specifies, when on, that superelevation is computed based on curve limits (or curve radii). The purpose of curve limits is to override theoretical superelevation rates.  For example, the calculated superelevation rate for a curve with a large radius (for example, 10,000 feet) could be less than normal crown and thus impractical for drainage.  The InRoads allows you to specify a radius above which all curves will be assigned normal crown.  Similarly, you can define a range of curves that will be assigned reverse crown.  For curves whose calculated superelevation rates are only marginally less than the maximum rate, you can apply the maximum rate.  For example, if the maximum rate is 8.0%, you could choose to apply that rate to any curve for which the calculated rate is at least 7.9%.  If your method computes 7.92%, you could choose to apply 8.0% to simplify the actual roadway construction.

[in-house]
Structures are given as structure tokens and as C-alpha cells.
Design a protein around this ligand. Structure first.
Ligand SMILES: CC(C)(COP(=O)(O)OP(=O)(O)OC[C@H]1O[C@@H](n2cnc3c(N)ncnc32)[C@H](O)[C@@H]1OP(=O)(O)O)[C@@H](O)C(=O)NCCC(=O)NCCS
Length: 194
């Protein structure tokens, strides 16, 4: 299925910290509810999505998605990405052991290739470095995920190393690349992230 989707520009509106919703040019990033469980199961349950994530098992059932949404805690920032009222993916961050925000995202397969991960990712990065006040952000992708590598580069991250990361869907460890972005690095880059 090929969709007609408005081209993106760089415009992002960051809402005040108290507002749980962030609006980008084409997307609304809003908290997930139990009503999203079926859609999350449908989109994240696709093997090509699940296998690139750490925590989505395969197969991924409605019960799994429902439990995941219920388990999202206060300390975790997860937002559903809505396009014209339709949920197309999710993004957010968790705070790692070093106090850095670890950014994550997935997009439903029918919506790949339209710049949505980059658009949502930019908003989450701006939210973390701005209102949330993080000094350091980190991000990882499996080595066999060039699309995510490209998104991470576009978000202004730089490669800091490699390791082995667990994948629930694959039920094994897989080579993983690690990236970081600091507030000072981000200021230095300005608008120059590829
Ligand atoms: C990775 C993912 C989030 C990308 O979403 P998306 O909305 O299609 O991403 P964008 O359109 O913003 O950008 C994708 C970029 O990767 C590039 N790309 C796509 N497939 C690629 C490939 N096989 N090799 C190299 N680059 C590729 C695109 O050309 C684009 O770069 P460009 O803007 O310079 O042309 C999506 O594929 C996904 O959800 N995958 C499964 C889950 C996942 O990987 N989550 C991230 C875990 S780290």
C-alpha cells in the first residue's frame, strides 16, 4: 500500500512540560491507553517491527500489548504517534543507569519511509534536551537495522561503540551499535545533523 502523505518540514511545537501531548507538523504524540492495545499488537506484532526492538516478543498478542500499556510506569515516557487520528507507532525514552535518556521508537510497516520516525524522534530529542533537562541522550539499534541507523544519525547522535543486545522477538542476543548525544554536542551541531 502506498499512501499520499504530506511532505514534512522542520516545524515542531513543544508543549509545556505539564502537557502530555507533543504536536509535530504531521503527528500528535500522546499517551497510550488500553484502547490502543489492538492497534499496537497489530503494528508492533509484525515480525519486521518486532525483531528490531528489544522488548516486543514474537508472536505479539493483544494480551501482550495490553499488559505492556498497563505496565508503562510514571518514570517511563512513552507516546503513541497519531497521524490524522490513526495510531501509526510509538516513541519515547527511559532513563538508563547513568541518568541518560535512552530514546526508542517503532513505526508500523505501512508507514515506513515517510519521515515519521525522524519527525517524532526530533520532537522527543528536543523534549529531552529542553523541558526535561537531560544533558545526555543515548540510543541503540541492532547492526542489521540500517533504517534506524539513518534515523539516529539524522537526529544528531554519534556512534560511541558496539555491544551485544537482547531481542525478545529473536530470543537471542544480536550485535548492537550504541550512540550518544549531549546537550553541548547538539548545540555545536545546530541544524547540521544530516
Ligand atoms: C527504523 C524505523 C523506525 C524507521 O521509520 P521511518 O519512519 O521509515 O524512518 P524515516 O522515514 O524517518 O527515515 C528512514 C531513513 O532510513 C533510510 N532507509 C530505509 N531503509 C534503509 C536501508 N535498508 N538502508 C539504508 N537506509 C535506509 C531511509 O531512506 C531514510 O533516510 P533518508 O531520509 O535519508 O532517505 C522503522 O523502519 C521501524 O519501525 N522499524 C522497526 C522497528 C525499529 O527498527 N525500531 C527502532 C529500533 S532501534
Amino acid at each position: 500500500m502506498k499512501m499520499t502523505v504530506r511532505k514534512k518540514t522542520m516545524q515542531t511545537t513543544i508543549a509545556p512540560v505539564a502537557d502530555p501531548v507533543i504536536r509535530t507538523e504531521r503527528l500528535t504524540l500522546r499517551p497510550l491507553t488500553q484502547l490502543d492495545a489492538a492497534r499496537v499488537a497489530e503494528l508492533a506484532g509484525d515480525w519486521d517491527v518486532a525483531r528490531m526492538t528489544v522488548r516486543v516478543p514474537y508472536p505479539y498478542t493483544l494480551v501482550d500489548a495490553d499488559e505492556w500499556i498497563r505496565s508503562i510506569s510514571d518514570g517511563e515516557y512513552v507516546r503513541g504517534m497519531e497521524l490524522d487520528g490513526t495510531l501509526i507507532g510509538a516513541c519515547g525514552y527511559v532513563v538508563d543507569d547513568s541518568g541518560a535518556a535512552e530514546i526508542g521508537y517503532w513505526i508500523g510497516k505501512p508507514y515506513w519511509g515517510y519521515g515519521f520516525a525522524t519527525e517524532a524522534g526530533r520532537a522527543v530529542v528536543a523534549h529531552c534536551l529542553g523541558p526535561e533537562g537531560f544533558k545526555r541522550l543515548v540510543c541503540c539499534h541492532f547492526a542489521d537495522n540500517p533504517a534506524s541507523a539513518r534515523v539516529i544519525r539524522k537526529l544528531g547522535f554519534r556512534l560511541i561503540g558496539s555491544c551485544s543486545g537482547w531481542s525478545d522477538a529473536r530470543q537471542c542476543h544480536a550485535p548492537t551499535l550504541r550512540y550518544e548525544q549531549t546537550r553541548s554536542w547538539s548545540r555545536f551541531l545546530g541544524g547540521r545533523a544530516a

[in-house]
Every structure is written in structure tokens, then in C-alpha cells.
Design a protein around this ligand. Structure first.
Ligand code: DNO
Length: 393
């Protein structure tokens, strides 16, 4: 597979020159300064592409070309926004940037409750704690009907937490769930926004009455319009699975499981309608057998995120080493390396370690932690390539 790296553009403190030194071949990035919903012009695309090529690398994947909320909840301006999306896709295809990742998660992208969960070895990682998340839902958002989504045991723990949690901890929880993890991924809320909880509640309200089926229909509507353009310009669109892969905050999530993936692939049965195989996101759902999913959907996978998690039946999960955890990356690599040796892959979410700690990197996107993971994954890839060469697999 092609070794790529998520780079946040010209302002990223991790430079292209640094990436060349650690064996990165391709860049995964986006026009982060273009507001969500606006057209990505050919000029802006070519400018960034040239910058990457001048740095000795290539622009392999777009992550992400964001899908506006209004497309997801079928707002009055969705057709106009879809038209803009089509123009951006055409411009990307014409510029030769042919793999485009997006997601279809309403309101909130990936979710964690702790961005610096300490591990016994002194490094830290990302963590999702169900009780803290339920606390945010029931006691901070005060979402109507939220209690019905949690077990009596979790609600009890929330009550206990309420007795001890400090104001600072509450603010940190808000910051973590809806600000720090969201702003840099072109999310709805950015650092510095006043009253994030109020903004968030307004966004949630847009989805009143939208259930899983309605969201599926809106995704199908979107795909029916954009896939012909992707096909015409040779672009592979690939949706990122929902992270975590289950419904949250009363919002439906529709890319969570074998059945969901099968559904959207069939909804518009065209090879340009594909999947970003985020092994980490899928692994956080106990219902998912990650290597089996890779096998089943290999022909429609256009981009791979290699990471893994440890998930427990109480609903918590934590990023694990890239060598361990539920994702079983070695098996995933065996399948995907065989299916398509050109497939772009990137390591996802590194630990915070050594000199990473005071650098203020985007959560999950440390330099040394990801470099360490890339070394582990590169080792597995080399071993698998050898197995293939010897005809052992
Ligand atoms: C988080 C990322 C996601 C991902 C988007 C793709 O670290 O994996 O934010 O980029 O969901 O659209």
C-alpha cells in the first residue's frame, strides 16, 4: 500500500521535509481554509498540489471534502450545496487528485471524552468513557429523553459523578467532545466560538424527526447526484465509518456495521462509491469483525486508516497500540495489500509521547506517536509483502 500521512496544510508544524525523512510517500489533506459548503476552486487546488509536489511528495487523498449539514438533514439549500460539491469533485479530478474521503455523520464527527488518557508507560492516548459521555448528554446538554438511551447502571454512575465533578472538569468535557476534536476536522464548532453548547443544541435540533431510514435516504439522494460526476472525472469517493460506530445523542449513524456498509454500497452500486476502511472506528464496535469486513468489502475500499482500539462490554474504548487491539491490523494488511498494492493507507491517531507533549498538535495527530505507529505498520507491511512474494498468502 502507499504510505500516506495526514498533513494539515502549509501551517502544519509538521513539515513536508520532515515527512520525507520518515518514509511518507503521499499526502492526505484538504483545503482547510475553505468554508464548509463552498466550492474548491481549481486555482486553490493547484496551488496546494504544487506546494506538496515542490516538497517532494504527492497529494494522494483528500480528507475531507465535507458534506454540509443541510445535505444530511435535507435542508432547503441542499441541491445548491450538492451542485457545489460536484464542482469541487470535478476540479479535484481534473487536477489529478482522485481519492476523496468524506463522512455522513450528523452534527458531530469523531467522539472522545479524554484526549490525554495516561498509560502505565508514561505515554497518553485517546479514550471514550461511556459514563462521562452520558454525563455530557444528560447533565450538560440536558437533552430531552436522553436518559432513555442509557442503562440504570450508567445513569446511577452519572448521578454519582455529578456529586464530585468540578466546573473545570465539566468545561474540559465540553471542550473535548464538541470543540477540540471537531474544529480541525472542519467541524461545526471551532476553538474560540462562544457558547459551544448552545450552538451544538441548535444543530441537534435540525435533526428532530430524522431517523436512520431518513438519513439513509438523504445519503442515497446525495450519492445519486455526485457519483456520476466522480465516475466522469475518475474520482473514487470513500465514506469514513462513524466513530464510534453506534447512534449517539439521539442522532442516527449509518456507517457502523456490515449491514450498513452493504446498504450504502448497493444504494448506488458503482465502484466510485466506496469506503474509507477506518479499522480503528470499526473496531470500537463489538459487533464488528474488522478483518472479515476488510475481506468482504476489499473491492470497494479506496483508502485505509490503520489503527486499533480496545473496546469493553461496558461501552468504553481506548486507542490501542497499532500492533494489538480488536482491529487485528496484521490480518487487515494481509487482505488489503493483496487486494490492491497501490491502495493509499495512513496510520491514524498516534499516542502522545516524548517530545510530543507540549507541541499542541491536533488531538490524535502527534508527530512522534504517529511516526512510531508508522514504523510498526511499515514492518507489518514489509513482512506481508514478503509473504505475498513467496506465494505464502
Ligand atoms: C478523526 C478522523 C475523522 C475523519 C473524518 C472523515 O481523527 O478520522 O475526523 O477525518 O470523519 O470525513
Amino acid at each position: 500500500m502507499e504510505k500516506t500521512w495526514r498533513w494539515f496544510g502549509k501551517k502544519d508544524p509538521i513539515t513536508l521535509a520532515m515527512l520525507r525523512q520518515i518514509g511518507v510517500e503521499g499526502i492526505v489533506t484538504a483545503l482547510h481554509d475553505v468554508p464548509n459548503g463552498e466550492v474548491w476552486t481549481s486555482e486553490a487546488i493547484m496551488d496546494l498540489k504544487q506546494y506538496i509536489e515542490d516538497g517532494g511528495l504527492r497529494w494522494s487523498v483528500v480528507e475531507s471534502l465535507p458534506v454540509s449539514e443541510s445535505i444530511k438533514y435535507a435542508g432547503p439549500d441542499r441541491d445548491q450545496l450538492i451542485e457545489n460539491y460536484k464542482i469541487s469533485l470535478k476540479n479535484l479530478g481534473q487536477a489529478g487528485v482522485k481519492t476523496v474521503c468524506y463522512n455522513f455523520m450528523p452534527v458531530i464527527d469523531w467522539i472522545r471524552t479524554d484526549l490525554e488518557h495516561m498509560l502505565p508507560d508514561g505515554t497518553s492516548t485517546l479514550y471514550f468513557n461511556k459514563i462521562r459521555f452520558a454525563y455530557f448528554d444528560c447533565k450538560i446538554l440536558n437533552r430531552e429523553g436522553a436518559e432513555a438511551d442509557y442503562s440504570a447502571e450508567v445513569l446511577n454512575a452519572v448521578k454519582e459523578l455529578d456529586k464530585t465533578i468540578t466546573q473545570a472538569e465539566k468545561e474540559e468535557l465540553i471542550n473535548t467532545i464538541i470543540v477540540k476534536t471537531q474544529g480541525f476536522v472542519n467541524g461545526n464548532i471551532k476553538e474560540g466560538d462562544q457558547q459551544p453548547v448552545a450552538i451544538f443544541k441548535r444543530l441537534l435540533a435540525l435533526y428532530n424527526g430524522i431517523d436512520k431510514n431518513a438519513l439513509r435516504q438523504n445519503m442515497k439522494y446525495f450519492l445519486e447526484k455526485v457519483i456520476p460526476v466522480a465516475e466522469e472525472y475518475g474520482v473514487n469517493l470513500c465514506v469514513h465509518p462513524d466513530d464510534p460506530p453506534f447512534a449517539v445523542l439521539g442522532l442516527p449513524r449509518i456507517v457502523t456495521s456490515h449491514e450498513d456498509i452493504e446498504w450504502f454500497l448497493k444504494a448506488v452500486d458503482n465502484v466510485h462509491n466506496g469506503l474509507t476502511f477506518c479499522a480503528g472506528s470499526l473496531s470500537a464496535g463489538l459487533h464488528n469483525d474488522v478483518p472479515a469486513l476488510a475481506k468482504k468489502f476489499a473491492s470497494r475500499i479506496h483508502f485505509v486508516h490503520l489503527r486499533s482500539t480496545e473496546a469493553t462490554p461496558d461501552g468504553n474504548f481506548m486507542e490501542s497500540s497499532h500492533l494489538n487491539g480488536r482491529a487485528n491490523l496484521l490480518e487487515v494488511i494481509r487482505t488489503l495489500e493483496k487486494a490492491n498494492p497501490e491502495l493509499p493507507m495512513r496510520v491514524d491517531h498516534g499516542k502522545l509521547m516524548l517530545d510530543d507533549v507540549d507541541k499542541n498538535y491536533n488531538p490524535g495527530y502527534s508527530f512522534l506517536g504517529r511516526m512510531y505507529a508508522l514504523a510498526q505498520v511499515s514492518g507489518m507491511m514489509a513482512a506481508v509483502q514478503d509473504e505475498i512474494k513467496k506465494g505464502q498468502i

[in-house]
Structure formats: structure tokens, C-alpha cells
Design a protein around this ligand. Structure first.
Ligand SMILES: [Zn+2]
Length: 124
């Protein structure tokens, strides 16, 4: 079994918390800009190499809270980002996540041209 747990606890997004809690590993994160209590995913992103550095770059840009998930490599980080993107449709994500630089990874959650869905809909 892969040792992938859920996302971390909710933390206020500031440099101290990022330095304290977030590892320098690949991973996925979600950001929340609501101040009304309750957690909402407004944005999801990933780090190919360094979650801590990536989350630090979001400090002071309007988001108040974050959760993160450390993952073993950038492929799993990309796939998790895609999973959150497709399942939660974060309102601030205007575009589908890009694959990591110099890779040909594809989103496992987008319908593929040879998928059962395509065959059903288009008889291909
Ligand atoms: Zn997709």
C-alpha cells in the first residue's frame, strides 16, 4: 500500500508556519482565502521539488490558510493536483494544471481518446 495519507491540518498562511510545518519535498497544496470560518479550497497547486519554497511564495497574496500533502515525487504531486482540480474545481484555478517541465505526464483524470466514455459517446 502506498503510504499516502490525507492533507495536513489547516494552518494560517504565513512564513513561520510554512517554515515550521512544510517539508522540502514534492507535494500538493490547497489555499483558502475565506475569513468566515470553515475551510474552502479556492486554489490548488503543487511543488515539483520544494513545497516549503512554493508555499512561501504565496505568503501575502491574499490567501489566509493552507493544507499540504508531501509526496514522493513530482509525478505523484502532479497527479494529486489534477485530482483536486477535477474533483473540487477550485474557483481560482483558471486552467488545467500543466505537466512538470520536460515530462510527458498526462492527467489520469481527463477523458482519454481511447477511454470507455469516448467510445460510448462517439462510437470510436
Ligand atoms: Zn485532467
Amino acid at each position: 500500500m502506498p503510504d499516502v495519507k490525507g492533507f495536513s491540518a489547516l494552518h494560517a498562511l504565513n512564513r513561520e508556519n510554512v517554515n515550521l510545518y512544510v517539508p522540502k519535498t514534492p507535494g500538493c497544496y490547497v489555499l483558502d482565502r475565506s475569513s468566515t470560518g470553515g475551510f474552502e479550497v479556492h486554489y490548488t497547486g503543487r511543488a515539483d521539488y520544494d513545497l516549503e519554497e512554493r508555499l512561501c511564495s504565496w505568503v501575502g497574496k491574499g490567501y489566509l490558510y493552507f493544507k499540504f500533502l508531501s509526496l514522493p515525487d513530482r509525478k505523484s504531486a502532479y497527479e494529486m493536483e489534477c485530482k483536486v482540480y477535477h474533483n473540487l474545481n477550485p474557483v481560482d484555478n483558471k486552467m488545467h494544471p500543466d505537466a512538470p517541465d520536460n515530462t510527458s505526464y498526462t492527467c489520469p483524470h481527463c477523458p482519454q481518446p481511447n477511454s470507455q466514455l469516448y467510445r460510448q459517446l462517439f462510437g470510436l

The following three parameters control the curvature limits.  These define ranges that allow you to define when to maintain normal crown (NC) or reverse crown (RC), and when to apply the calculated superelevation rate or the maximum rate.

NC to RC

specifies the radius to apply normal crown to curves.

RC to Superelevation

specifies a cutoff radius such that curves of greater radius are given reverse crown, and curves of smaller radius are given the normal crown rate.  (For curves with a radius greater than NC to RC, calculated superelevation is applied.)

Start Maximum Rate

specifies the radius below which to apply the maximum superelevation rate.

Radius

specifies the curve radius.

%f used

specifies the radius at which the given percentage of lateral friction is required.

f demand

specifies the radius at which the given lateral friction is required.

e value

specifies the radius that corresponds to this e value according to the theoretical relationship between e and the radius.

Ok

executes the command.

Cancel

dismisses the dialog.

Preferences

opens the Preferences dialog.

Help

displays help.